Marriage is often thought of as one of the biggest steps in a person's life. So why aren't millennials taking that faithful leap into wedded bliss? Research shows that millennials are saying "I don't" to "I do" for a multitude of reasons.
According to the U.S. Census Bureau, millennials are expected to outnumber the baby boomer generation this year, and are finally reaching the typical marrying age -- but this generation is not showing interest in settling down. Consequentially, the marriage rate may drop next year to the lowest level ever recorded.
This research, conducted by Demographic Intelligence, has shown that going forward, marriage rates may never reach the high rates of generations past. Which begs the question: what's caused this huge decline in marriage?
It seems to be a number of things, research suggests. Religion could play an integral part in the marrying process, and, because there is a steady rise in the number of American individuals who classify themselves as atheist or agnostic, and a decrease in Americans who classify themselves as Christian, perhaps the idea of taking vows is not personally significant.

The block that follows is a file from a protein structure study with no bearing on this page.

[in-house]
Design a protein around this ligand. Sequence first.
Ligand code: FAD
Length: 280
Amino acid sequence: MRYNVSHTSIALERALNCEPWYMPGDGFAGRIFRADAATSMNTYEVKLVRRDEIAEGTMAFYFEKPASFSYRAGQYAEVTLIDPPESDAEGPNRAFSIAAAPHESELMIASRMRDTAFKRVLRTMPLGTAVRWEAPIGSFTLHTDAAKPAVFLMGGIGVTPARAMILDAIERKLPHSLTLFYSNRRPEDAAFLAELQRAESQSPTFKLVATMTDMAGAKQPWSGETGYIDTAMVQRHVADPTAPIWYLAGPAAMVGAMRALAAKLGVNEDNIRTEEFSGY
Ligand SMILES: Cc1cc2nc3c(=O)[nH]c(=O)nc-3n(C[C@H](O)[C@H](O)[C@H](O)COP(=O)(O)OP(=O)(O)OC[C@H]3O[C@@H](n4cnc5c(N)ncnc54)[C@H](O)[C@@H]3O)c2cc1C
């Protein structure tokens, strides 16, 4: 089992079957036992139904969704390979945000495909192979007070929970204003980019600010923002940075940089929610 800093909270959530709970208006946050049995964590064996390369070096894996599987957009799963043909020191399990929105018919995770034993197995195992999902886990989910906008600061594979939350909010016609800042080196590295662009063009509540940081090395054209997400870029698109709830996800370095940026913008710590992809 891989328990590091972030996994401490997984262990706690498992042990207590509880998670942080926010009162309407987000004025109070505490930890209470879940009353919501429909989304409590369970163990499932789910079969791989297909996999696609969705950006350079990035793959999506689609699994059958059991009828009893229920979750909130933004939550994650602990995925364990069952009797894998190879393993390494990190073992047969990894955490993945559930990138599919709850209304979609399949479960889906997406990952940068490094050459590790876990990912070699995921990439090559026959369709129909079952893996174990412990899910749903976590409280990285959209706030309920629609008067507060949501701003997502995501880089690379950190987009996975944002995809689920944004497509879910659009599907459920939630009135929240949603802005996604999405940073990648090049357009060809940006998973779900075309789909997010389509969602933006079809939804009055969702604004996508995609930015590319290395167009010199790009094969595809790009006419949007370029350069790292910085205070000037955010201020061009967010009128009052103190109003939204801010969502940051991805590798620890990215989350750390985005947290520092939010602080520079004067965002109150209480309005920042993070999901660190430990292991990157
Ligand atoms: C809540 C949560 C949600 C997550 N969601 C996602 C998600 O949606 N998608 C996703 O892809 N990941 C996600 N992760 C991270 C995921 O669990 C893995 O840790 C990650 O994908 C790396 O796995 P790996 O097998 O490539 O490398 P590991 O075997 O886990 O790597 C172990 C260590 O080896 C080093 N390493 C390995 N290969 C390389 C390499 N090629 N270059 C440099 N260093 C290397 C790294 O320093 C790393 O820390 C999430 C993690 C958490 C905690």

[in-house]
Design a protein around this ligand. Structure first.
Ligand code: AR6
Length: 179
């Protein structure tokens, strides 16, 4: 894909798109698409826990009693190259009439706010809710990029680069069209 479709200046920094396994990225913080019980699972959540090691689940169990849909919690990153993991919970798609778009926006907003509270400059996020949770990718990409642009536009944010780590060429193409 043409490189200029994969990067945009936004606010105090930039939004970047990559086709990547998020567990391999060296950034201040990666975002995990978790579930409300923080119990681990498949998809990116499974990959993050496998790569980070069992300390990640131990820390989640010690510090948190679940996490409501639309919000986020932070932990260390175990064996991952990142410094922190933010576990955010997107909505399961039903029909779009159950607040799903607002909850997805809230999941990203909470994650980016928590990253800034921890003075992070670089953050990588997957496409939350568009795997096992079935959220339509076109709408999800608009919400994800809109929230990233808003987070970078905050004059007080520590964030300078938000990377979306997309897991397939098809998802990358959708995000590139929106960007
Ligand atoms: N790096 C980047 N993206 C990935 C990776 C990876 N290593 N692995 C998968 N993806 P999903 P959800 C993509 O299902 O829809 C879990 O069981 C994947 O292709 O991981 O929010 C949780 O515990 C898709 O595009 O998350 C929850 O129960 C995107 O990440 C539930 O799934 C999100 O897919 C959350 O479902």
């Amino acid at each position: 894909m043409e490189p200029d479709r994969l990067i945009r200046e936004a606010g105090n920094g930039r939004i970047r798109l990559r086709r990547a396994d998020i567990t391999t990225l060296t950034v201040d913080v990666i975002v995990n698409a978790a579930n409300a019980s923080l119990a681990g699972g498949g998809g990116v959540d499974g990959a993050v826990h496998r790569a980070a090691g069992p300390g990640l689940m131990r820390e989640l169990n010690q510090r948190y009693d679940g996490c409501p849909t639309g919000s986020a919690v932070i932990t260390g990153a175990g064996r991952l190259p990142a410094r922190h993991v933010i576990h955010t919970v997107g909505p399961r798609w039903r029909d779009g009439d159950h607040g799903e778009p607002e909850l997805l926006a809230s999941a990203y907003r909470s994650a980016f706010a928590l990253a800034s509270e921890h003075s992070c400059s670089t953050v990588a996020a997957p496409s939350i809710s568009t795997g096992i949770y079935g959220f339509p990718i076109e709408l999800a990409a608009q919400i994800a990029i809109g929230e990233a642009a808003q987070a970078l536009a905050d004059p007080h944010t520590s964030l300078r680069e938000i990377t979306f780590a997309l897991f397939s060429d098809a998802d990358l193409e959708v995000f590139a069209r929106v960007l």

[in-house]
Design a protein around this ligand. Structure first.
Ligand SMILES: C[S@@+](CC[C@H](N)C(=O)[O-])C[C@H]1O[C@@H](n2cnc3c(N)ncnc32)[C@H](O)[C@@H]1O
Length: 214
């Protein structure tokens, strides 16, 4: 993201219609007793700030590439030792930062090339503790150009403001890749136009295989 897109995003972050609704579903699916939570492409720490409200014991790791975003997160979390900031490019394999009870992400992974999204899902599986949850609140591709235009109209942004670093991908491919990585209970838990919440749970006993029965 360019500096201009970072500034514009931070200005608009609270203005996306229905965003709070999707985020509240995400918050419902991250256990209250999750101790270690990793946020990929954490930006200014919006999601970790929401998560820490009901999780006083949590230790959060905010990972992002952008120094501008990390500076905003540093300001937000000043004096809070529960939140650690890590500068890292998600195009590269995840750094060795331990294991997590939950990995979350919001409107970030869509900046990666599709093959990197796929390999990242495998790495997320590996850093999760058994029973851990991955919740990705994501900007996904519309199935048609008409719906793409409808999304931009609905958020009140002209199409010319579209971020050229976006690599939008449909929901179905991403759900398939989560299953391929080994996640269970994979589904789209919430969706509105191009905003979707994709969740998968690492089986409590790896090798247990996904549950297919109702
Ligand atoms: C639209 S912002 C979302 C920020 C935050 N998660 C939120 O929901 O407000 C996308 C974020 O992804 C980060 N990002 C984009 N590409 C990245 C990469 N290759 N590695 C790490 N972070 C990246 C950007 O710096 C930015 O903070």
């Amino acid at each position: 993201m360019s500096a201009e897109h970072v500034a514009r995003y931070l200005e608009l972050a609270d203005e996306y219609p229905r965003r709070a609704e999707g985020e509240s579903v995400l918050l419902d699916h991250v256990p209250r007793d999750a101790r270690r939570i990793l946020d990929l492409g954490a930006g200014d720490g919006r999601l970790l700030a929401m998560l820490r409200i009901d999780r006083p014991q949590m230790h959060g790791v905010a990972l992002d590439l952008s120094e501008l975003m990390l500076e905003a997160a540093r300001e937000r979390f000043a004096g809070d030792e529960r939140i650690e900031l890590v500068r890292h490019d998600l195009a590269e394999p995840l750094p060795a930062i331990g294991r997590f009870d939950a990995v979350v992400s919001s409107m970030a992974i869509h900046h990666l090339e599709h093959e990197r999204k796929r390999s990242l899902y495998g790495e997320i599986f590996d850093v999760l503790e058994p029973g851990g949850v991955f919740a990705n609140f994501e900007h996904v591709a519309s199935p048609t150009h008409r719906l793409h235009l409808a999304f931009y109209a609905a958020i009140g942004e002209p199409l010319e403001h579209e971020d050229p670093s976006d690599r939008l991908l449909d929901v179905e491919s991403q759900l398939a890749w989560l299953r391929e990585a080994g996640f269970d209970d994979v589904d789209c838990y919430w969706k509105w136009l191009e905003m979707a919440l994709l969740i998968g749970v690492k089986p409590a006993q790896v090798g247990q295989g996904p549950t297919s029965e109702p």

One more colossal reason: Millenials considere it acceptable for unwed couples to live together and to have children out of wedlock. In the National Survey of Family Growth, 48 percent of unmarried women who were interviewed between 2006 and 2010 were living with their significant other, as opposed to a mere 34 percent back in 1995. Now that there is no longer a social stigma, couples are becoming more and more comfortable not talking that walk down the aisle.
One can speculate tons of reasons, but the facts are still the same: it seems that millennials feel less obliged to marry, and will simply tie the knot when they are good and ready -- or not.